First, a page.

|Path: Eric's Site / Eric / Travel / Germany / Visits / Italy with Alex||Related: Germany, Journal, Visits (Site Map)|
The hotel was a bit outside the center of the city, but still quite accessible, and I knew that going in, from the Hotel Reservation Service's web server. Getting between the hotel and the city center required either two buses or a bus, a few blocks' walk, and the subway. Given that we only went from and to the hotel once a day, that 40-minute trip was fine.
Parts of Roma feel like New York except with Italian. (Of course, parts
of New York are like that too.) Italian looks a lot like a restaurant
menu. A big difference between Roma and New York is that Roma has only
two subway lines, which seems very few for such a large city. They need
more, because the public transit is very, very crowded.
|Outer ring just after entering.||Entry into main part of amphitheater.|
Outside the amphitheater, tour companies solicit you to take guided tours.
While preparing for the trip, I read a recommendation to take a tour to
bypass the waiting line for tickets, so we paid for a guided tour.
The right picture above is the emperor's entrance. There was a seat over the archway, but it is gone. In the large image, you can see a cross just beyond the arch. It was erected in memory of Christians killed in gladiatorial events. At the time, it may have been believed such events happened in the Flavian Amphitheater, but it is now believed such killings happened in other arenas but not the Flavian Amphitheater.
The dog in the picture appeared to be just another tourist, looking around.
|Inside the amphitheater.||Main seating area. Look at the people to get a sense of scale.|
|View out from amphitheater.|
|Warrens underneath former wooden stage.|
The amphitheater might have been flooded to hold mock sea battles
(naumachiae). The warrens shown to the right may have been used
as animal dens or channels for water. There was a stage above them.
|Obligatory t-shirt in Roma.|
Outside the amphitheater are fast food trucks, from which we bought lunch.
I had a small pizza which was served folded in half. It was pretty good
for food from a truck.
|Entry arch.||Roman Forum.|
|A building in the Forum.|
As Alex and I passed through, archeologists were digging in one building. It seems strange to be doing archeology in the middle of a large modern city. Have the ruins here not been picked over exhaustively by now?
I think the three columns to the right are the remains of
Tempio di Vespasiano. They look a bit precarious.
I wonder if anybody has estimated how much wind it would take to knock
them over. Entire buildings have collapsed here, so it must be only a
matter of time for these columns.
|Fontana di Trevi.||Spectators.|
Actually, before reaching those, it happened again. When I had been in Roma
less than five hours, somebody asked me for directions, to the Forum.
|Piazza San Pietro.||Basilica di San Pietro.|
|Inside the basilica.||Baldacchino.|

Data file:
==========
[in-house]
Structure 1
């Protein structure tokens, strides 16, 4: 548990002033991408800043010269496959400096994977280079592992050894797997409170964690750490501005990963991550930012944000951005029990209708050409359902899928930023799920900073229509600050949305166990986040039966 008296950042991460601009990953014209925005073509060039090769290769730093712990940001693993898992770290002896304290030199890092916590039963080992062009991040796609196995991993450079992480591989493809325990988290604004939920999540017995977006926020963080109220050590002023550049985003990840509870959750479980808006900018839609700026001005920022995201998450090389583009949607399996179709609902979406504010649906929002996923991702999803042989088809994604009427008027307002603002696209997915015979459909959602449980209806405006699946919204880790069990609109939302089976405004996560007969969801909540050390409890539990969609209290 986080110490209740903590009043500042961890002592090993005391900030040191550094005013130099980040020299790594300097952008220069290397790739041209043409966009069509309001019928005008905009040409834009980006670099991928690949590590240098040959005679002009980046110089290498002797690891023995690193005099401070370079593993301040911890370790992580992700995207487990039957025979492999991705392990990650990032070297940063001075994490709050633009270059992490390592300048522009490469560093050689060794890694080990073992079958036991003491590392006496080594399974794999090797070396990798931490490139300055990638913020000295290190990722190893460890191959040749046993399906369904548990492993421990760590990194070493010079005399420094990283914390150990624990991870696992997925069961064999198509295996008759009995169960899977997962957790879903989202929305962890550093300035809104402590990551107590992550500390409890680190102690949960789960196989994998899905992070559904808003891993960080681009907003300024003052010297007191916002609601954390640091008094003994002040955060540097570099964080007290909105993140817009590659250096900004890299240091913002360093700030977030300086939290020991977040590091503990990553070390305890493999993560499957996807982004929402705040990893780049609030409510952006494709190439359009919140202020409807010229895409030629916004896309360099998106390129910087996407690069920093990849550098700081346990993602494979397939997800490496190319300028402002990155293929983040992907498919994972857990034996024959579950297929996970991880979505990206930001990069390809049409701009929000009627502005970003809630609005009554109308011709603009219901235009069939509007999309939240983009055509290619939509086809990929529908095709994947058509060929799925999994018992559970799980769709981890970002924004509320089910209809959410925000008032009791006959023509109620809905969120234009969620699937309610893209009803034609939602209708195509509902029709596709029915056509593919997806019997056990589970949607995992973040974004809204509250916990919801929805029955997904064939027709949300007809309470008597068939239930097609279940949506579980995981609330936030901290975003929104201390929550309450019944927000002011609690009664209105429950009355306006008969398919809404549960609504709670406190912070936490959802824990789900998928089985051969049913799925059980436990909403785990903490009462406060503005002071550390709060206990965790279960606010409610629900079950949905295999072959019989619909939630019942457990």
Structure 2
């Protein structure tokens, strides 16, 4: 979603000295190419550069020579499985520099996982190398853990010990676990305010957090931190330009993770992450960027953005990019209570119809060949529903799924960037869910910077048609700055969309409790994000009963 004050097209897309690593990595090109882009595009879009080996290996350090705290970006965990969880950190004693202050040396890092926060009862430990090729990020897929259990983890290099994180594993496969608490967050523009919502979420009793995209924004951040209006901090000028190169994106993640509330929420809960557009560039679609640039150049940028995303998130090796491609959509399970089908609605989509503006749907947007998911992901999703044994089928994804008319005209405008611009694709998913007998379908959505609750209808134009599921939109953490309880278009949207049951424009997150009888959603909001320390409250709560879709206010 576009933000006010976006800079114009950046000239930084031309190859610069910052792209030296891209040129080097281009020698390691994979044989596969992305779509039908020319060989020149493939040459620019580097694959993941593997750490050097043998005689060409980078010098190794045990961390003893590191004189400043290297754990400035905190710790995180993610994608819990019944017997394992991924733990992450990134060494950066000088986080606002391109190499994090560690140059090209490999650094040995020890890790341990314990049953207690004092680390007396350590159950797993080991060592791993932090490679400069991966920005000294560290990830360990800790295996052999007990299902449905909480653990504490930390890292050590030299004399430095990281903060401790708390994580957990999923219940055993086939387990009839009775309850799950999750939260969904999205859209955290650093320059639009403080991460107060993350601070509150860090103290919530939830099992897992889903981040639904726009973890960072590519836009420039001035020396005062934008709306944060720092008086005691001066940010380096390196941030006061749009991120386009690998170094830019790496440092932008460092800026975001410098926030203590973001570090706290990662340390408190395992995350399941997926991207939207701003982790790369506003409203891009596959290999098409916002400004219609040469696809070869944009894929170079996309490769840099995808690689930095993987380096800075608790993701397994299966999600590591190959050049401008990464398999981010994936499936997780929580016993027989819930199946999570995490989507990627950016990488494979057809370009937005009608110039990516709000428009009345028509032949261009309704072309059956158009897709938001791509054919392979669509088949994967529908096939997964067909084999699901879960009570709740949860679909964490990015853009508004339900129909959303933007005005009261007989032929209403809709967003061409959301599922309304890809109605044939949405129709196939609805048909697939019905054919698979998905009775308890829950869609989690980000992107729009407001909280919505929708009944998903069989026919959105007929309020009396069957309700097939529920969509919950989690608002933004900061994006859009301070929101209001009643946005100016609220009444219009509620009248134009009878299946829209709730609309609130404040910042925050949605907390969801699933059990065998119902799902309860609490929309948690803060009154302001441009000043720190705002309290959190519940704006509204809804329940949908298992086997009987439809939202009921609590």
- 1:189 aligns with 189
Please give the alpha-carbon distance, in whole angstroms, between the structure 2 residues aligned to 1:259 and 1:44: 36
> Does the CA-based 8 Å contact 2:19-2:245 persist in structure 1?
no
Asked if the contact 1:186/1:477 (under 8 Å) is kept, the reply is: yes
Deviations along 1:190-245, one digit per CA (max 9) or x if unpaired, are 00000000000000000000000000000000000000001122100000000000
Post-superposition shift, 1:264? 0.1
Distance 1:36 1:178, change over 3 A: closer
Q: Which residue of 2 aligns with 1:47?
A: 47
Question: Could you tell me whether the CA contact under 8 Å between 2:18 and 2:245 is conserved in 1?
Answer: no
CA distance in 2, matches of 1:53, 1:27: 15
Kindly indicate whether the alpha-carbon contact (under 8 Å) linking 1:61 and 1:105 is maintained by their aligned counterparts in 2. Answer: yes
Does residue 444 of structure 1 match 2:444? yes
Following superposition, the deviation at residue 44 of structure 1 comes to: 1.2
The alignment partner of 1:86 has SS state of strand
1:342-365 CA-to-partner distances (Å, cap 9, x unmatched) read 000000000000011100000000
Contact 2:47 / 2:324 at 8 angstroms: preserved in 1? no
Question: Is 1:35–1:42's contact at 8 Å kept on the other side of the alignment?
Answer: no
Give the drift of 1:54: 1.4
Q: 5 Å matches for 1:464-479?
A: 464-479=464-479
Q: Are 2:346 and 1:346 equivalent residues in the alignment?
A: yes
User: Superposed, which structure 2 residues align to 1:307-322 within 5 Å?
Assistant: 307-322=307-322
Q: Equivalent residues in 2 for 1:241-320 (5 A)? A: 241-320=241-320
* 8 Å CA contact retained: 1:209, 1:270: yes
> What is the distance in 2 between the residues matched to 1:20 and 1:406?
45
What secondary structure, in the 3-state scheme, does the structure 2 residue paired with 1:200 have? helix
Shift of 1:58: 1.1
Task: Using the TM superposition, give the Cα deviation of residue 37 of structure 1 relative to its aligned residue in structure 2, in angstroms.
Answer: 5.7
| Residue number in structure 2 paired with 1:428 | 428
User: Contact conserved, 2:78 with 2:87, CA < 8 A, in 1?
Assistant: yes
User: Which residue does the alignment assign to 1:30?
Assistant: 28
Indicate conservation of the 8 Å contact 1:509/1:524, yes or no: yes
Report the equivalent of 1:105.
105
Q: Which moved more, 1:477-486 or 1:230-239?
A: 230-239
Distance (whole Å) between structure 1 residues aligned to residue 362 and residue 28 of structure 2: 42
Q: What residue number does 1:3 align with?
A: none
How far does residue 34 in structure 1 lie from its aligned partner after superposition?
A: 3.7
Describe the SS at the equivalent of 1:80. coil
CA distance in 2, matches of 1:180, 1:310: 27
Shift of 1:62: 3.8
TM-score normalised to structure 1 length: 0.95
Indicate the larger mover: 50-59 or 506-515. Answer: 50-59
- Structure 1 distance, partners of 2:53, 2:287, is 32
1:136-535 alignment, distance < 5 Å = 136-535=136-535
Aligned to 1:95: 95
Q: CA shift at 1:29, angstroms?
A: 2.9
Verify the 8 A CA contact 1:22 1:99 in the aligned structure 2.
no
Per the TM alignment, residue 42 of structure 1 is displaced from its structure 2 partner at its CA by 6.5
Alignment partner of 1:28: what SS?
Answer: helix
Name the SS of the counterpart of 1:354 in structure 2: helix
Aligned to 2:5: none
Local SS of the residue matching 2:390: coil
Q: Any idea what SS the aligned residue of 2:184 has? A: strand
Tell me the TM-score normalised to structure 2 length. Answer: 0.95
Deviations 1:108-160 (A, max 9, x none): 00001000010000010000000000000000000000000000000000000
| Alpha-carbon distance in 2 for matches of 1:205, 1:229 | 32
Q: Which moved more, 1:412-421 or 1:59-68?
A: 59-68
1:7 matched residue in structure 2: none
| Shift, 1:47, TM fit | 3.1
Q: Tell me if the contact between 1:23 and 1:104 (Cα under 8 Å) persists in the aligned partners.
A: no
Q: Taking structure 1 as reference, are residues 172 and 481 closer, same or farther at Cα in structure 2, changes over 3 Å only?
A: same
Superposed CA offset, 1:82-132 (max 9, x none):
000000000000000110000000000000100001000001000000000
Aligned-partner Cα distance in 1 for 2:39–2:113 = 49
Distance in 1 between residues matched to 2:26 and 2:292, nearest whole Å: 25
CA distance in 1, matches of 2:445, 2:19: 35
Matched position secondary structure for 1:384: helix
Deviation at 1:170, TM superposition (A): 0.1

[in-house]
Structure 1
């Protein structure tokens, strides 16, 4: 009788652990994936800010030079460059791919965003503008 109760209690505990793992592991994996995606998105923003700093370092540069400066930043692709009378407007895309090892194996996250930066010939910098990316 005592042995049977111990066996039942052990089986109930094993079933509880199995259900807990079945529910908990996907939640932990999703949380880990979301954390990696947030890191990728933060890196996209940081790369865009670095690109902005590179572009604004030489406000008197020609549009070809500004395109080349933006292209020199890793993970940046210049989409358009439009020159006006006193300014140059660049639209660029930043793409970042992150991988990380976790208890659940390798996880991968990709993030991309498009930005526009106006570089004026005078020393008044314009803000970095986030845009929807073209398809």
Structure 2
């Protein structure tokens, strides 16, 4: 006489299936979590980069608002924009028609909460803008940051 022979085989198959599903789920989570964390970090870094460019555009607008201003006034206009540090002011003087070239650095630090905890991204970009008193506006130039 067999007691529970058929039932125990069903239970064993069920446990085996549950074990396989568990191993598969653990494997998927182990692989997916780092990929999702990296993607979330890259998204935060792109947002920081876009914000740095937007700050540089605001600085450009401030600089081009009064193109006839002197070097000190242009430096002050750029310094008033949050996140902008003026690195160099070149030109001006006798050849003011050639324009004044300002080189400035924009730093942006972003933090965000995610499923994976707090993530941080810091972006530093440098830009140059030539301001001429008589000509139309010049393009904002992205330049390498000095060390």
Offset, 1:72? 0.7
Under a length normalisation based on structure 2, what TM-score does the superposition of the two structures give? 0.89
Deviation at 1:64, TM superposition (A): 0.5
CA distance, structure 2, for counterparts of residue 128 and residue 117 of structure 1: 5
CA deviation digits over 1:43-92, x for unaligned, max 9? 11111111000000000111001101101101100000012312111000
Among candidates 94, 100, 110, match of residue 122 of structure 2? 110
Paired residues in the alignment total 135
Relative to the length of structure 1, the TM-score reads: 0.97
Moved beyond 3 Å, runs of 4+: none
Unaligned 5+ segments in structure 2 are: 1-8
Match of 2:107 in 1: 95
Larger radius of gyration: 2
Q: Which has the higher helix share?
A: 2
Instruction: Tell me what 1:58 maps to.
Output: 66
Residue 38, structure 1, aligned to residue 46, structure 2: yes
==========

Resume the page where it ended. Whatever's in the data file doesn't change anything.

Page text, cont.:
While the Vatican snubs people, a sort of genial pants-exchange culture arises spontaneously. People on their way out of the basilica who bought or received disposable pants pass them on to others, free or for a small fee.
As I have mentioned before, I am not much impressed by large buildings and other monuments. Seeing the Vatican buildings makes me wonder how much good the church could have done if the wealth that went into the buildings, art, and artifacts had instead been used to educate people.
Unfortunately, we did not have the time or energy to visit the Sistine Chapel or the Vatican Museums. We left the Vatican and found dinner and worked on other errands in the city. I wanted to get another shot glass from the Hard Rock Cafe for Cathleen's collection, but they were out of stock. The store said they ran out yesterday and would have more tomorrow. Returning the next day would be difficult, since we would be in Pompei and Napoli most of the day.
In the evening, we headed for the Trastevere area to find a gelateria Simone recommended.
Here are some observations I made while traveling the city. As I mentioned before, the buses and trains are often very crowded. The subway cars are completely covered with graffiti. In buses and subways, it is common for people to move to the exit while the vehicle is at the stop prior to the one at which they wish to get out. They do not just move to the exit as the vehicle approaches their stop, as people do in other cities; they do it earlier, during the preceding stop. Alex noticed the speed of the escalator handrails in the subway stations is faster than the speed of the steps, by about one step width per flight.
There are lots of motor scooters in Italy, and traffic is chaotic. There are special lanes that look to me like they are for buses, and I suppose the taxis may be permitted to use them too, but I suspect the scooters zipping through them are cheating. Especially the ones going the wrong way.